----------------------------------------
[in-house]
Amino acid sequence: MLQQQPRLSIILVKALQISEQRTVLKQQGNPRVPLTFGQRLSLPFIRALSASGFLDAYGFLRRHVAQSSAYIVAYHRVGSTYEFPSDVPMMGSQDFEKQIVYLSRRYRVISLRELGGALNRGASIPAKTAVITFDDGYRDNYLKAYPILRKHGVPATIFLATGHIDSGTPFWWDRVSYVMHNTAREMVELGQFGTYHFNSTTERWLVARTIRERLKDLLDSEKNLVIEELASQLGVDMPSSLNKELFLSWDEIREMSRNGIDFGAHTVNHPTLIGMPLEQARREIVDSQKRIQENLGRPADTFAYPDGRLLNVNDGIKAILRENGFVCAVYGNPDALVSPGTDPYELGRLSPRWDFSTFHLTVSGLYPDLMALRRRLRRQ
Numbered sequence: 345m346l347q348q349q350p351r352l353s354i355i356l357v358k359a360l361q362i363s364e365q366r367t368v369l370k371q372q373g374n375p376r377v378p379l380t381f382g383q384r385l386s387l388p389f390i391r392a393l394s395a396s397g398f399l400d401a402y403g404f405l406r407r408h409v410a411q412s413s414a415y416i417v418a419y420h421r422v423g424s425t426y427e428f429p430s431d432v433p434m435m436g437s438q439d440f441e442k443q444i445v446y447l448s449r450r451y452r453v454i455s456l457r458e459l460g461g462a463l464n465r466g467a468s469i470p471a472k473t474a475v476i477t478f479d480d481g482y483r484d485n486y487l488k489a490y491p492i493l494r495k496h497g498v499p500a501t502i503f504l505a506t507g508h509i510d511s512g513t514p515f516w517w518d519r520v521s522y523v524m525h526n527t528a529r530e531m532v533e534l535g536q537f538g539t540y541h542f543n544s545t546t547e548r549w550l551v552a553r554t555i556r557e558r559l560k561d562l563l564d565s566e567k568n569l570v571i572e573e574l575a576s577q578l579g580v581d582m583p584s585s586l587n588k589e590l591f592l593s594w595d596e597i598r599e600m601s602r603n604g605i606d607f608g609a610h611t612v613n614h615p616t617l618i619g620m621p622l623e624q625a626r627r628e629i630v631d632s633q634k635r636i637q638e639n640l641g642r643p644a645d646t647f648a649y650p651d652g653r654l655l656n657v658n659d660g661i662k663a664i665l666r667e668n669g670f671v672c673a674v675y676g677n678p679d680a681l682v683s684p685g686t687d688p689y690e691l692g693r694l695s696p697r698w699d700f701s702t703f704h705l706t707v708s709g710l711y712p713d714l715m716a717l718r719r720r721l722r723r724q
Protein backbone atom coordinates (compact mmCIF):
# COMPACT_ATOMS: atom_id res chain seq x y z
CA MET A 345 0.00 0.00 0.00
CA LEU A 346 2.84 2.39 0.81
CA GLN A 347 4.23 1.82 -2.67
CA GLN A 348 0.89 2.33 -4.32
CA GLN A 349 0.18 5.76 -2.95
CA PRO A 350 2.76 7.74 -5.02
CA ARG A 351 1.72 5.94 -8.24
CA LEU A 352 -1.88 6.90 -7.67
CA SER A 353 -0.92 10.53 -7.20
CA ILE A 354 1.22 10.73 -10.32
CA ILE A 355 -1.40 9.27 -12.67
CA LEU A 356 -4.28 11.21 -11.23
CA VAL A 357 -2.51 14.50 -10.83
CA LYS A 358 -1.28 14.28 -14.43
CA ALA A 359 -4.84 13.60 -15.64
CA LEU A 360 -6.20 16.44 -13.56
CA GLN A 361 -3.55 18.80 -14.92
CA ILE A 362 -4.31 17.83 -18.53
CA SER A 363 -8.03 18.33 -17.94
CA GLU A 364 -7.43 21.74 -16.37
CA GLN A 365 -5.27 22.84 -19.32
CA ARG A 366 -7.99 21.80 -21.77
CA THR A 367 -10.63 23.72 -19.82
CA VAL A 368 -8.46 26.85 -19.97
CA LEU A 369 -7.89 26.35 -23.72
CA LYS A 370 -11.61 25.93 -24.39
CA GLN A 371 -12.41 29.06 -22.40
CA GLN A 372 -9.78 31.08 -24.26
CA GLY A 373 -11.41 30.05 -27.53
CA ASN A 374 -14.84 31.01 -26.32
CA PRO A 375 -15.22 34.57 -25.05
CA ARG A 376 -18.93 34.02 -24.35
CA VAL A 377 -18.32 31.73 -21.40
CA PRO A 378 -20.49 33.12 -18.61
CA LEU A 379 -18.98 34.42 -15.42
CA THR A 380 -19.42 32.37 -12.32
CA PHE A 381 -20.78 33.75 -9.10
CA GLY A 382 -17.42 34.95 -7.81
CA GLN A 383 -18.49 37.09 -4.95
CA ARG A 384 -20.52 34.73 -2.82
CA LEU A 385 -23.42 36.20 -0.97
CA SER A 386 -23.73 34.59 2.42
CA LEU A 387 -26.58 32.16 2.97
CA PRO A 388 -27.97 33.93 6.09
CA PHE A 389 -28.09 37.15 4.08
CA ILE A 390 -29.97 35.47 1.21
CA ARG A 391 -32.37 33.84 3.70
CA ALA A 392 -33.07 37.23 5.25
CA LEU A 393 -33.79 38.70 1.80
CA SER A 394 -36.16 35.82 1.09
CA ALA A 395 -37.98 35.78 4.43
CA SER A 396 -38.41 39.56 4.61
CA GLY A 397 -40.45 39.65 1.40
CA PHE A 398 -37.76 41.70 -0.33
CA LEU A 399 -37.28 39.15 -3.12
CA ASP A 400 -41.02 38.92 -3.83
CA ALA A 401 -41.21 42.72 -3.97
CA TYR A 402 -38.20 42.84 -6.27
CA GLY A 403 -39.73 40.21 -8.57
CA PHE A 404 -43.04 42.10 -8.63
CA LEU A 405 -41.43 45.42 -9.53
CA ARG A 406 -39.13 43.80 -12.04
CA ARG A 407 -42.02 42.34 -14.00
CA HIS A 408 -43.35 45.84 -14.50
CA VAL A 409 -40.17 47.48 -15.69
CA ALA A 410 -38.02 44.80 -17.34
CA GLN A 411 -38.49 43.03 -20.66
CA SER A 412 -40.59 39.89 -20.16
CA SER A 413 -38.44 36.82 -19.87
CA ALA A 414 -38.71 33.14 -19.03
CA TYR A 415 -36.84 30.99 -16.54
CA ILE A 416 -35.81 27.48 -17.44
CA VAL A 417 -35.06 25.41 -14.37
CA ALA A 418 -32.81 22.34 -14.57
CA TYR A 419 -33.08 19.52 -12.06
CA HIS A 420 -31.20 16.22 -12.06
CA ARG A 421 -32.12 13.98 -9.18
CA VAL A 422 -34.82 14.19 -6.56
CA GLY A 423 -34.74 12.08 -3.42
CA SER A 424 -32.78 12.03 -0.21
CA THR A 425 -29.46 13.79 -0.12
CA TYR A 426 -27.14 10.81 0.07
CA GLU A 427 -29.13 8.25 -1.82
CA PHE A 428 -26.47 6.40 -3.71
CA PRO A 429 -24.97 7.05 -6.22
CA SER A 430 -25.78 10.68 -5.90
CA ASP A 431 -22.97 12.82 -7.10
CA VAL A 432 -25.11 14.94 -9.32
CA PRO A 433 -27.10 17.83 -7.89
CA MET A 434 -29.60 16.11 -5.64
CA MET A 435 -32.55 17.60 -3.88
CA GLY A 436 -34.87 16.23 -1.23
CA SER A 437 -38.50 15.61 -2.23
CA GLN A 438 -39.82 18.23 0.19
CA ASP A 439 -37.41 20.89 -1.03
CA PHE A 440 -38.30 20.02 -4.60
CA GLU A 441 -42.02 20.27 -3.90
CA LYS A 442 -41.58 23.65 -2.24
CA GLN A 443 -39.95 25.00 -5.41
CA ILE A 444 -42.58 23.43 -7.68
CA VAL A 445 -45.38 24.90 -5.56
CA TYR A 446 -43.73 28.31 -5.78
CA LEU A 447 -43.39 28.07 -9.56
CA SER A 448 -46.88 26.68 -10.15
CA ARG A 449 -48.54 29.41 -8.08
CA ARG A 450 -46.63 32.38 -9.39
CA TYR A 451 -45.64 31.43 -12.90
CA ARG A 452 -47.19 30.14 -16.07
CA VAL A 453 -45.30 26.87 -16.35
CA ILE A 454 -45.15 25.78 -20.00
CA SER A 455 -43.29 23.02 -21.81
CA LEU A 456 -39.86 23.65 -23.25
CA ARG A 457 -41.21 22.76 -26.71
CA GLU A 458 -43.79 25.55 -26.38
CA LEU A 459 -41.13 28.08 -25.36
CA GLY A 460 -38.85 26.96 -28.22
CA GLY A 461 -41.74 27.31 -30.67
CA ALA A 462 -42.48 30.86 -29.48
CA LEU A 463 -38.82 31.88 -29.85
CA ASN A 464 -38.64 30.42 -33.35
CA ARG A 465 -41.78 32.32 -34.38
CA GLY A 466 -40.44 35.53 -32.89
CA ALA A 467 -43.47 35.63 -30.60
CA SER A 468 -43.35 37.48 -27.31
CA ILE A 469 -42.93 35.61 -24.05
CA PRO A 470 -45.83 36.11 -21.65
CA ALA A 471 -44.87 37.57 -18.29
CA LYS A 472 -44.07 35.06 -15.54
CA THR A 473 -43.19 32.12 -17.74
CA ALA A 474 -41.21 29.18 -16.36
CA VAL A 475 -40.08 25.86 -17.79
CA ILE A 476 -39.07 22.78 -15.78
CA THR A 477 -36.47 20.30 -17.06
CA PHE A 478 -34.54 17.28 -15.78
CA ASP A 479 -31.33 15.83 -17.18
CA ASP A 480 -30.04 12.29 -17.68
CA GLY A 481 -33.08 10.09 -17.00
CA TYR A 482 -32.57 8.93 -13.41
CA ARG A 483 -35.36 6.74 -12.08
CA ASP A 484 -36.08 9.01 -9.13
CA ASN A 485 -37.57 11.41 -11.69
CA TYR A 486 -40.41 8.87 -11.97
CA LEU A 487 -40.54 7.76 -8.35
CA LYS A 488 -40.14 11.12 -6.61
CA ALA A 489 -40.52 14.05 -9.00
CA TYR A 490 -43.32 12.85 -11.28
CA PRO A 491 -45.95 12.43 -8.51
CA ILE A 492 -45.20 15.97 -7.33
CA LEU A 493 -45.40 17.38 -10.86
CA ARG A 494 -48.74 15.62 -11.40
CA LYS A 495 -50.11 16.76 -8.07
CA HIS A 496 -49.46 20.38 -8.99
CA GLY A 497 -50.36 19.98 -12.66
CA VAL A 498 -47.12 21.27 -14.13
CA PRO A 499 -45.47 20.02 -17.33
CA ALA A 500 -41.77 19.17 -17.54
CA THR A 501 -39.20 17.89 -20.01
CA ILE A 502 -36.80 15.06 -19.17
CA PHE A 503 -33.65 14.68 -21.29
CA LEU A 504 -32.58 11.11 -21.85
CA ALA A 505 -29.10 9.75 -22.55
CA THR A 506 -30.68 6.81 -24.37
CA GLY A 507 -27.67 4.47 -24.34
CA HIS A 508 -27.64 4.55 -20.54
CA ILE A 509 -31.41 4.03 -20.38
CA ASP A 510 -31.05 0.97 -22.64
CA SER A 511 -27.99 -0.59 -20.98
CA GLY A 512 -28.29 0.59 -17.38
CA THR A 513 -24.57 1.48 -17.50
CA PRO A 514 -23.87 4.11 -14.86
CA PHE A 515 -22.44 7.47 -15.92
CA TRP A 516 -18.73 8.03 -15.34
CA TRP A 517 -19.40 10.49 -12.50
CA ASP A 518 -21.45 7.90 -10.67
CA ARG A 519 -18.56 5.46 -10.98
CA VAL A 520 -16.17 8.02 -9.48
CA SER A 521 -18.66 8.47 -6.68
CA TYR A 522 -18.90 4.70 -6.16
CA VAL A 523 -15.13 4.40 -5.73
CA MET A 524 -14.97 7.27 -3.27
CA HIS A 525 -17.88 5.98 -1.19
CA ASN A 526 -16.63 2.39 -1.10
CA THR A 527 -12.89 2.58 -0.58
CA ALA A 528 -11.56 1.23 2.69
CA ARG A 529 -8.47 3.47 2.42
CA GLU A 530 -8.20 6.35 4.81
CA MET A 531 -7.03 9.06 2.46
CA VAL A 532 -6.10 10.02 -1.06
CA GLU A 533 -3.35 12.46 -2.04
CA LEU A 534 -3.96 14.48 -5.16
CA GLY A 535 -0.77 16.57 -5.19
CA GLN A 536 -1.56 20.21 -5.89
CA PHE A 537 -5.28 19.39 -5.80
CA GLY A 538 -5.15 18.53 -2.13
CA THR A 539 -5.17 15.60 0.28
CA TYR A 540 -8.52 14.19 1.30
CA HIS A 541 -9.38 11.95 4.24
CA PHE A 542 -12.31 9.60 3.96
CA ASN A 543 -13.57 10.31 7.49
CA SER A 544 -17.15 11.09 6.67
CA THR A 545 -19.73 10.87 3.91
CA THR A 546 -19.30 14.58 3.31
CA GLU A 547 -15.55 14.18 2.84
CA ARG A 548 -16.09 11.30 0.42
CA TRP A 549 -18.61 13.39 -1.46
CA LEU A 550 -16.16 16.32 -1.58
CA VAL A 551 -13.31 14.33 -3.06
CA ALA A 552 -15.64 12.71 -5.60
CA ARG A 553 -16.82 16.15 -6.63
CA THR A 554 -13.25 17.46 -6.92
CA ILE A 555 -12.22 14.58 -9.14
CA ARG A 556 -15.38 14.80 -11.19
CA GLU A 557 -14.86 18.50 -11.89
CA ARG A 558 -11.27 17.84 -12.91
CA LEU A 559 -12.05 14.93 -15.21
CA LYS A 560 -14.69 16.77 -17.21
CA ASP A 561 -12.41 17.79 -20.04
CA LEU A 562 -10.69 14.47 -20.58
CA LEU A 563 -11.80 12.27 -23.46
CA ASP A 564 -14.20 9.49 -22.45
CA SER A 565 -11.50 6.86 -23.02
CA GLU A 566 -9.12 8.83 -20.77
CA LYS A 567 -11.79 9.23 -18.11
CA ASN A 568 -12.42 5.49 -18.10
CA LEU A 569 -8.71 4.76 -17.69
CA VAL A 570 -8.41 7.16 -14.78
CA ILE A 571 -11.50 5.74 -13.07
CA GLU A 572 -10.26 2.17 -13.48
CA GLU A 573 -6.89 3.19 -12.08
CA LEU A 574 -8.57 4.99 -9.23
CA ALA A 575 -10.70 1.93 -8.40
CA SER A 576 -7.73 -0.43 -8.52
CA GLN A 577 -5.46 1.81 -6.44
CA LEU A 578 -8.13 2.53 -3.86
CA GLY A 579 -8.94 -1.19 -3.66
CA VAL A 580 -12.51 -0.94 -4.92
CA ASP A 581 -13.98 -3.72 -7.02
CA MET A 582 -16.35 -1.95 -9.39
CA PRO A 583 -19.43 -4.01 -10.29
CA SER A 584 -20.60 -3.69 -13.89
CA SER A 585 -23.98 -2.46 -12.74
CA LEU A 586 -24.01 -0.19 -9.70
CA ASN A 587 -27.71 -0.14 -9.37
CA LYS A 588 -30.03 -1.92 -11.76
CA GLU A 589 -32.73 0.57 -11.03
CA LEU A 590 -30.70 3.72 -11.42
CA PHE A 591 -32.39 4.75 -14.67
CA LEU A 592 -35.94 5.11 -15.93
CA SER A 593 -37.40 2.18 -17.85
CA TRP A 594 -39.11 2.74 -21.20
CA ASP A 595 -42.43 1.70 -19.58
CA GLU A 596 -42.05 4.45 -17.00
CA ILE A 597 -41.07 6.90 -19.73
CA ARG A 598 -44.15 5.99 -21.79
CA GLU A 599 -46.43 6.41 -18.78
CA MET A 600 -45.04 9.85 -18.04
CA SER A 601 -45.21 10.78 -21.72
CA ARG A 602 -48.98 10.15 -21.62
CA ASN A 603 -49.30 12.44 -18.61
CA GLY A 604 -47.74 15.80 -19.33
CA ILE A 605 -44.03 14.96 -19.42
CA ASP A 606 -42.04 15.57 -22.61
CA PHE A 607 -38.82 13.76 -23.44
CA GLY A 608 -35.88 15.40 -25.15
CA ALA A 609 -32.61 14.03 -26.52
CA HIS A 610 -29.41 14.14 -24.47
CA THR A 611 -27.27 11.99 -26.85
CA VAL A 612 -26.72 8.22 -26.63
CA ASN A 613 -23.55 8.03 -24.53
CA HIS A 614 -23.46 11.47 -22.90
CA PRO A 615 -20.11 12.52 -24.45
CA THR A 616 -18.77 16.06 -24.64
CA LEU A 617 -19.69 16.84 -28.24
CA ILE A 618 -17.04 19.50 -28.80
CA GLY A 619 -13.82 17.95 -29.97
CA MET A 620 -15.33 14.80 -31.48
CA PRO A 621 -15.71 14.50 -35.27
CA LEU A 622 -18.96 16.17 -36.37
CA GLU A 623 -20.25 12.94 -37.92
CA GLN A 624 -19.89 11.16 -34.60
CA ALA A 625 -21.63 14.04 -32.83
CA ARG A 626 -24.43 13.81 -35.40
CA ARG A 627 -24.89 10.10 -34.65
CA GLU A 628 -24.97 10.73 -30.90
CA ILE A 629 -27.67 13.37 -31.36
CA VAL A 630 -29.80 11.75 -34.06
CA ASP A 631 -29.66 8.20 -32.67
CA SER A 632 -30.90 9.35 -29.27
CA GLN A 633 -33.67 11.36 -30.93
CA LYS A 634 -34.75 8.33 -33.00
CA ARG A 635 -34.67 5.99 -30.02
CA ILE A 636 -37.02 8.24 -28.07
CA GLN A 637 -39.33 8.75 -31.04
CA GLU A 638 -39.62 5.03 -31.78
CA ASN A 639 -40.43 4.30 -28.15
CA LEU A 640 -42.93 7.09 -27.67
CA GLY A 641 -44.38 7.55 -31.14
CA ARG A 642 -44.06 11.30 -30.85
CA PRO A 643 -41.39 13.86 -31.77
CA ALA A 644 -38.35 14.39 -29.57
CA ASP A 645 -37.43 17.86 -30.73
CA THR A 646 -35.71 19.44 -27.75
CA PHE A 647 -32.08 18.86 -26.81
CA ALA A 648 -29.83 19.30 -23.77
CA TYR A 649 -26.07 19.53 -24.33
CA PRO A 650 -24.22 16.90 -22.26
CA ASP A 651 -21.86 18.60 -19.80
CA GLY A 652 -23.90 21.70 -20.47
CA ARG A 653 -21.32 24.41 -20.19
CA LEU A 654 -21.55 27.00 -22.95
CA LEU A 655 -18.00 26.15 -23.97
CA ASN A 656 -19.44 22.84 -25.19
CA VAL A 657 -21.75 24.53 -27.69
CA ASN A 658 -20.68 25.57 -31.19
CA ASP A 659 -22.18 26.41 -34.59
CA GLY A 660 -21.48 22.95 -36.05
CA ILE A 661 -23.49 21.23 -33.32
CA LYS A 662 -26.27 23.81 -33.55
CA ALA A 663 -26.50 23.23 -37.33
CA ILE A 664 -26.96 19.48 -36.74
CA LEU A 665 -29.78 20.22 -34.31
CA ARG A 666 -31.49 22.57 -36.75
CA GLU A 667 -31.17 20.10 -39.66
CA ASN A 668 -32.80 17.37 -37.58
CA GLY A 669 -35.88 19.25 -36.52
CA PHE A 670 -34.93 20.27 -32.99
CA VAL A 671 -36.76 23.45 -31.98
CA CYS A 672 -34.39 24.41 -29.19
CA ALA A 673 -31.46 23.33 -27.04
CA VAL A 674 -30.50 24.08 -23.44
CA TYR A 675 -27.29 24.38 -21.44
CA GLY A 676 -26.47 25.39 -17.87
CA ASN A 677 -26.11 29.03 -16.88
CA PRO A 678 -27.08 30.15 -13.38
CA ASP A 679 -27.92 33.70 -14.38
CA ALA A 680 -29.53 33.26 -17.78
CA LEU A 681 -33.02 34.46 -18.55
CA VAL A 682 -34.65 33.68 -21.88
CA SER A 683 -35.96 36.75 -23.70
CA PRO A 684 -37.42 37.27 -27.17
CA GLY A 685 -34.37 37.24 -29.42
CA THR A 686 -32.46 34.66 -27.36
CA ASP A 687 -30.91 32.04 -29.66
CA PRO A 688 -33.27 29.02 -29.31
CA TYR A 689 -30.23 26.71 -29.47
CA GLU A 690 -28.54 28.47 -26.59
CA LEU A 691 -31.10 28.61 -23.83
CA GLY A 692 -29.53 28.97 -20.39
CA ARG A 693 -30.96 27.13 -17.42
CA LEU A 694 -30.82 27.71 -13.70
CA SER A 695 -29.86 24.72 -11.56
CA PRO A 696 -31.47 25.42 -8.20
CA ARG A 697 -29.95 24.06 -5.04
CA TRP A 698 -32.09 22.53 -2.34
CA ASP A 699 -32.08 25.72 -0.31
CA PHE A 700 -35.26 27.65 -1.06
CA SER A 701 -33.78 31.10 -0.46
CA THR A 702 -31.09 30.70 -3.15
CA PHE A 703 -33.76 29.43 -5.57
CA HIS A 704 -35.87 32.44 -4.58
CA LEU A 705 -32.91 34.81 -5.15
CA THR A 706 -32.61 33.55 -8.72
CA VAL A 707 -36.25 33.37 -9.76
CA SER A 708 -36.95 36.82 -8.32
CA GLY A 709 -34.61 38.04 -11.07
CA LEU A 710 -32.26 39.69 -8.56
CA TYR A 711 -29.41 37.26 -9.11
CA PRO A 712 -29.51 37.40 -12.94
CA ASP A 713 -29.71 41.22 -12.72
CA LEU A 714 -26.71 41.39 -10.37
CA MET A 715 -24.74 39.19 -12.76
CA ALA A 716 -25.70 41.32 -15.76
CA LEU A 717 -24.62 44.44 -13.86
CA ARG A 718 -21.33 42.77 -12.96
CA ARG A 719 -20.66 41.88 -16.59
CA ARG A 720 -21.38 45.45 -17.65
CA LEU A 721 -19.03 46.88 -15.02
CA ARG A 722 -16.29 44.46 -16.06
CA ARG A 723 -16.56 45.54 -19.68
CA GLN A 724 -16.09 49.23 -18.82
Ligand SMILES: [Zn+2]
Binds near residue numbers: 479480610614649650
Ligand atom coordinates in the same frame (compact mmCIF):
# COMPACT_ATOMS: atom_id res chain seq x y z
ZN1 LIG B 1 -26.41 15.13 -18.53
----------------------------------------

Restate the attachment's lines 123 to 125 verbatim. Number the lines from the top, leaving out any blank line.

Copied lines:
CA ALA A 462 -42.48 30.86 -29.48
CA LEU A 463 -38.82 31.88 -29.85
CA ASN A 464 -38.64 30.42 -33.35